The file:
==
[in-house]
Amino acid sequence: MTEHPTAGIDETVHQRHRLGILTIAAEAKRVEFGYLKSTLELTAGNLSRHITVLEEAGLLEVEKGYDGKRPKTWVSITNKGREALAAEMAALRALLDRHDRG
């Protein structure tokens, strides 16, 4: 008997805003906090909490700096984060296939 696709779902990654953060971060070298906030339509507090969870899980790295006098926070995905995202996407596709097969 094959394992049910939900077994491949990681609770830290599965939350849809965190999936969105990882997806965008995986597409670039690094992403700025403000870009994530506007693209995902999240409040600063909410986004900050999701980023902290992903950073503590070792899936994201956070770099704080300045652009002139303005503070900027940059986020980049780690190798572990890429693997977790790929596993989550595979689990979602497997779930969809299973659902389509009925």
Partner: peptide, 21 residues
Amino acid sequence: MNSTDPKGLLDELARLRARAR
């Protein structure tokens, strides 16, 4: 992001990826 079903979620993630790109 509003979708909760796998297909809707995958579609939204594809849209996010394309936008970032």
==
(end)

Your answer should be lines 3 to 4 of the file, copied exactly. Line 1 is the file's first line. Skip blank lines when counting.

């Protein structure tokens, strides 16, 4: 008997805003906090909490700096984060296939 696709779902990654953060971060070298906030339509507090969870899980790295006098926070995905995202996407596709097969 094959394992049910939900077994491949990681609770830290599965939350849809965190999936969105990882997806965008995986597409670039690094992403700025403000870009994530506007693209995902999240409040600063909410986004900050999701980023902290992903950073503590070792899936994201956070770099704080300045652009002139303005503070900027940059986020980049780690190798572990890429693997977790790929596993989550595979689990979602497997779930969809299973659902389509009925």
Partner: peptide, 21 residues